Fields in Trust is delighted to announce a new partnership with The Co-op which will result in the creation of original policy research into community access to parks and green spaces, and reflect clear synergies between the two organisations.
Fields in Trust's role to champion and support parks and green spaces by legally protecting them for future generations and The Co-op's Endangered Spaces campaign demonstrates this shared set of values. Both organisations recognise that parks and green spaces are not only much loved neighbourhood landmarks, but are also capable of generating significant benefits to the health and wellbeing, cohesion and happiness of our communities and the natural environment. We're working together because we want to ensure there is equity of access to these precious green spaces now, and in the future.
As part of our Green Spaces for Good strategy, Fields in Trust will continue an evidence-led approach to champion, support and protect those parks and green spaces which will have the greatest impact for communities that value them the most.
Parks are a universal public service ranked by more than two-thirds of people as the most important public space in their community. Their annual wellbeing value of £34.2 billion, to regular users, has been demonstrated through our research. Revaluing Parks and Green Spaces provides a robust economic valuation of parks and green spaces and valued the improvements in health and wellbeing associated with their frequent use. Yet these community assets are not equally distributed, so we initiated the Green Space Index which analyses the provision of, and access to, local parks and green spaces in Great Britain on an annual basis. The two new collaborative research studies which we are announcing today represent a continuation of this work and connect with the threads that run through the three core pillars of The Co-op's community plan, Co-operate 2022, which are Spaces, Wellbeing, Skills.
In the first study, Fields in Trust will explore the sufficiency and equitable distribution of parks and green space provision which will be subject to further pressure in parallel with population increases. In advance of the 2021 census, applying the Green Space Index methodology will illustrate how projected population changes could significantly affect the provision and access to parks and green spaces against recommended minimum benchmarks, and where, therefore, interventions to protect existing spaces would be most impactful.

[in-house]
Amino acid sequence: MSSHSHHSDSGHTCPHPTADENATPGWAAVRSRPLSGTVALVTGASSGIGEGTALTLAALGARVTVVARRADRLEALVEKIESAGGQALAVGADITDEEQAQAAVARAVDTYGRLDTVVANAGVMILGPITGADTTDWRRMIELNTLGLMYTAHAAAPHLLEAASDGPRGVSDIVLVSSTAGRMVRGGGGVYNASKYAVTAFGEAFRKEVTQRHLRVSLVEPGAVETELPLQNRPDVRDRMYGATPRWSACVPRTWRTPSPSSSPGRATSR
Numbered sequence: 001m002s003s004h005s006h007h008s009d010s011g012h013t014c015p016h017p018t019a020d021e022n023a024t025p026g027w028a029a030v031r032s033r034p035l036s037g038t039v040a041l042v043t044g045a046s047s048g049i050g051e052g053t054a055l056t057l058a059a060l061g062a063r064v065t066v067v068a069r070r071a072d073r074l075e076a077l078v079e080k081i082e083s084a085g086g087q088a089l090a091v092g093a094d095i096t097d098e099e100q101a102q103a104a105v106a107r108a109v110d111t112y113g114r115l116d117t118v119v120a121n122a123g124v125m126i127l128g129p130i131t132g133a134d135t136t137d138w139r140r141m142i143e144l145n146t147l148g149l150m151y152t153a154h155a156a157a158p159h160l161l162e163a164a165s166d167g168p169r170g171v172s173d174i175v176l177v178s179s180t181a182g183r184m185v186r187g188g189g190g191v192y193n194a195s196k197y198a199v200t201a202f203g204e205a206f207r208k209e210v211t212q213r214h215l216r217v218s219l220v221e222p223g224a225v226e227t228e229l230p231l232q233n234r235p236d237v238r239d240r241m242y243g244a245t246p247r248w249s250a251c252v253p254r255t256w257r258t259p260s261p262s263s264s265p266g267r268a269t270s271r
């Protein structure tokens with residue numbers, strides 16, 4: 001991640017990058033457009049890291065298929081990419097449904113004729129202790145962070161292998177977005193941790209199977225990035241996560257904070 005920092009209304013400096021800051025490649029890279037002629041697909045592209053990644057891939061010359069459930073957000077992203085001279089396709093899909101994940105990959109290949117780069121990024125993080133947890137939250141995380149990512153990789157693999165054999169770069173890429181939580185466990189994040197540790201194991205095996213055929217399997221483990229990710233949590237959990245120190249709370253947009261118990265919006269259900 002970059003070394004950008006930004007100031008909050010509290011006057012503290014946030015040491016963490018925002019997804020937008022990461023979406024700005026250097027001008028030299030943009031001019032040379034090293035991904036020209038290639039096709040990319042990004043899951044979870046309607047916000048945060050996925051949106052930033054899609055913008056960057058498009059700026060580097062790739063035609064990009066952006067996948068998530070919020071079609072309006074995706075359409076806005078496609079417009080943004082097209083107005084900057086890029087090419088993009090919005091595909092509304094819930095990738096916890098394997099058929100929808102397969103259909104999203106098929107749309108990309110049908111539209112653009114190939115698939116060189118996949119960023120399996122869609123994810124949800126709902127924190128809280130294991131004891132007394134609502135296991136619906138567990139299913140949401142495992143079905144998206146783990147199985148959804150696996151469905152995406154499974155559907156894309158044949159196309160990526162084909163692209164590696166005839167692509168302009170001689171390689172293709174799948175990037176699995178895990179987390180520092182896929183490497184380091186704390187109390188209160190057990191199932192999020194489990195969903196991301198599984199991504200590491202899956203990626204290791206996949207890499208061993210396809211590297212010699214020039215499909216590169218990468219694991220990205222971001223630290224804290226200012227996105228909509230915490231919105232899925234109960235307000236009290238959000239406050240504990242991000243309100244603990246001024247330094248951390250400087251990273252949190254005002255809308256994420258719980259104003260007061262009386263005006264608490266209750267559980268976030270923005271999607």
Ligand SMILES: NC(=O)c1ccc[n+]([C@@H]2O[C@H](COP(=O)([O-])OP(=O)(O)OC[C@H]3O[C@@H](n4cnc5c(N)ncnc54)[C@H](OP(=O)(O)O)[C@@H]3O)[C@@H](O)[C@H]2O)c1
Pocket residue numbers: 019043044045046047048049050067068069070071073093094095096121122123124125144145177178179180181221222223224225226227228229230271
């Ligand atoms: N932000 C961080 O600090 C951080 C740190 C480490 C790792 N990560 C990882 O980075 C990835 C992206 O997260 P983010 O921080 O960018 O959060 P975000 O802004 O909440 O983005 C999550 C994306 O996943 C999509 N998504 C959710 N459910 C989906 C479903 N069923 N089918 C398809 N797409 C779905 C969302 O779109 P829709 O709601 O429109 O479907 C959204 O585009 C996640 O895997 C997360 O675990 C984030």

In the second study with The Co-op, Fields in Trust will conduct a detailed analysis of the loss of a specific green space to determine the impact this has had on the local community. Previous research has shown that the creation of a new green space has a positive impact, with local people reporting that they feel healthier and happier as a consequence. This new study will therefore explore the outcomes that flow from the loss of a local green space from both the local authority and local community perspective to inform key policy and decision makers.
Welcoming the new partnership, Fields in Trust Chief Executive, Helen Griffiths, said: "There is clear understanding that parks and green spaces form a vital part of social infrastructure and should therefore be revalued for their positive contribution to our neighbourhoods, not simply seen by the cost of maintenance. Our new research will explore both the equitable distribution of parks and green spaces and evaluate the real impact to the local community of losing one of these endangered spaces: once a park is lost, it is lost forever".